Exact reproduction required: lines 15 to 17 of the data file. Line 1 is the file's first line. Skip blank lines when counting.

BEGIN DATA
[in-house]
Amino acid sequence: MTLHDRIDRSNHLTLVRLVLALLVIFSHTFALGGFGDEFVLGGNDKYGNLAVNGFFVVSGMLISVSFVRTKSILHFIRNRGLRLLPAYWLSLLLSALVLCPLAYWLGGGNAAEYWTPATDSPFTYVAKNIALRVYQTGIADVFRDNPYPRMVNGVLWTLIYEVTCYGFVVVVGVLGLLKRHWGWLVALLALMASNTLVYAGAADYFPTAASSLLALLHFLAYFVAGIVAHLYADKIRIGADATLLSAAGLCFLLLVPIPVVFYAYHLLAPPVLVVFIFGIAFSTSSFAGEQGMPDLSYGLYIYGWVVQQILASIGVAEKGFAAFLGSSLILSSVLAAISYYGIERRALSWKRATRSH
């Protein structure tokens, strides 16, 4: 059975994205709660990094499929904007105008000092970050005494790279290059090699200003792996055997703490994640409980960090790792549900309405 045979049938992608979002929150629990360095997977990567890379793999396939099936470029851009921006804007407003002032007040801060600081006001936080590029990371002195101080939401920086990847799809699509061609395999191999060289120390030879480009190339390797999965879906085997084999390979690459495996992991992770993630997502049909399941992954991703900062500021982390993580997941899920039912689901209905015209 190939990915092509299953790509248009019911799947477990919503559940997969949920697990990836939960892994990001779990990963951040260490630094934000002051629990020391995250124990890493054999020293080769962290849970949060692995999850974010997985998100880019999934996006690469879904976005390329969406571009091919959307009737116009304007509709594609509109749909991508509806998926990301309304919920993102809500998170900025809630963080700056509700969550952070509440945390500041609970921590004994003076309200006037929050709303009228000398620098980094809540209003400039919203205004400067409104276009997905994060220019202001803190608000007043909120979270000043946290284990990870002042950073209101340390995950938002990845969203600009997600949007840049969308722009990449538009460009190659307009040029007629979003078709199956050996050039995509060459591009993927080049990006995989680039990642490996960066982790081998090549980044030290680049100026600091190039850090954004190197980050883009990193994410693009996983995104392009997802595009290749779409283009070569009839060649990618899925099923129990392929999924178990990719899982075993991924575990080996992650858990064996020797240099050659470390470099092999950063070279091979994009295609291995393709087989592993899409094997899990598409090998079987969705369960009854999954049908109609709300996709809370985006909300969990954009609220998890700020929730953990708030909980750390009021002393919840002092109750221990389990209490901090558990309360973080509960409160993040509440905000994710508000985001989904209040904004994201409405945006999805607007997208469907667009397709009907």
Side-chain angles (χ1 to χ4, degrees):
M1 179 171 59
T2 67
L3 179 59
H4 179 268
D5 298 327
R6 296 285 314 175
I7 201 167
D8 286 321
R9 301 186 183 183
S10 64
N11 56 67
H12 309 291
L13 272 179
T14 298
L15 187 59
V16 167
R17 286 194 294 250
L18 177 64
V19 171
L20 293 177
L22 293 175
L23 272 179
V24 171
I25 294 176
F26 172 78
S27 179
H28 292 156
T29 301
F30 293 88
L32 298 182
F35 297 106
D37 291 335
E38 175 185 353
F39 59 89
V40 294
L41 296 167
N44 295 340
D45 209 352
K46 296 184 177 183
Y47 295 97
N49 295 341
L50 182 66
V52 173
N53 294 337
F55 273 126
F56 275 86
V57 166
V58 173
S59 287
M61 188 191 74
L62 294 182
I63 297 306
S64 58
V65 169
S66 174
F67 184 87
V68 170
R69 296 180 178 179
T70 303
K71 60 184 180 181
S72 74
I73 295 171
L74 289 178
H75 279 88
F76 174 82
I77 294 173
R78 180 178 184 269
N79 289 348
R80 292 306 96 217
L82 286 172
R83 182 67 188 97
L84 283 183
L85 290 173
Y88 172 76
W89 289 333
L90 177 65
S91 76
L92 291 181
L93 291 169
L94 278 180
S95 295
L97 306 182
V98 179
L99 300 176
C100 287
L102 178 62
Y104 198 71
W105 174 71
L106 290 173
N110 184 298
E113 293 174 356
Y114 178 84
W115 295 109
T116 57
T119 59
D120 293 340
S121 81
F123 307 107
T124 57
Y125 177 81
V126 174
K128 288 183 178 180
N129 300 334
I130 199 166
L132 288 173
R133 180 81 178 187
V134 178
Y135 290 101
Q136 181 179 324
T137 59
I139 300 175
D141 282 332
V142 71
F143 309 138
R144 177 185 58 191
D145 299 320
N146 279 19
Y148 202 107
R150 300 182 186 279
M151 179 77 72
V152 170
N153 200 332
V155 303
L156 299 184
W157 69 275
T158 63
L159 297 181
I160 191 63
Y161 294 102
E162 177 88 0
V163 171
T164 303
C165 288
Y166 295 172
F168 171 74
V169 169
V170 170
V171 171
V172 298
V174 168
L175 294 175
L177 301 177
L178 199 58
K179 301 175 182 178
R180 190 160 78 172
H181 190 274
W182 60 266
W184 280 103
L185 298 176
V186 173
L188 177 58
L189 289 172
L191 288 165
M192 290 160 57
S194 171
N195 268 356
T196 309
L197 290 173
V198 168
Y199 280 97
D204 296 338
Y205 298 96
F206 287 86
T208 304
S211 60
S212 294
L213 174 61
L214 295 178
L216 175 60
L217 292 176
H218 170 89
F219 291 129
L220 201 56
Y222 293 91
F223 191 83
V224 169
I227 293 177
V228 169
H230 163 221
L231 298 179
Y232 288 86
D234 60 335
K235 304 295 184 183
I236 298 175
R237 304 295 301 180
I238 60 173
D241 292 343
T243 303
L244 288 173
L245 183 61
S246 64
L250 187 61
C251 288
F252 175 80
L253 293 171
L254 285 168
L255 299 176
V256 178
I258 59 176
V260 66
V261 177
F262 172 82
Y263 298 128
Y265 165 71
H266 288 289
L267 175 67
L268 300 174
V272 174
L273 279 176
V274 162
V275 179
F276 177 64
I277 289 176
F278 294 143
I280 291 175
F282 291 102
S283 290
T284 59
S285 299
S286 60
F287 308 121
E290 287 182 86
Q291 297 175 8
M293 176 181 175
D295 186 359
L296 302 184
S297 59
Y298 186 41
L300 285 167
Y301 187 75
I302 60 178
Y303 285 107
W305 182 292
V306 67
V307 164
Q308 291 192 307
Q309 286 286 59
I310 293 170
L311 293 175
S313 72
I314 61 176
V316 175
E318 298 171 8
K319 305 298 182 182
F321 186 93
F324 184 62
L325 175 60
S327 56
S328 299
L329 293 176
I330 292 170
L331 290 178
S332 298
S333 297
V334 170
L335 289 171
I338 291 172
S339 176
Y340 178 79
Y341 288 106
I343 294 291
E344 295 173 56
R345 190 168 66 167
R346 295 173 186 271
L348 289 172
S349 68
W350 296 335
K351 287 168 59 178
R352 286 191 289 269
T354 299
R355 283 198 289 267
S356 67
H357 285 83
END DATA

N11 56 67
H12 309 291
L13 272 179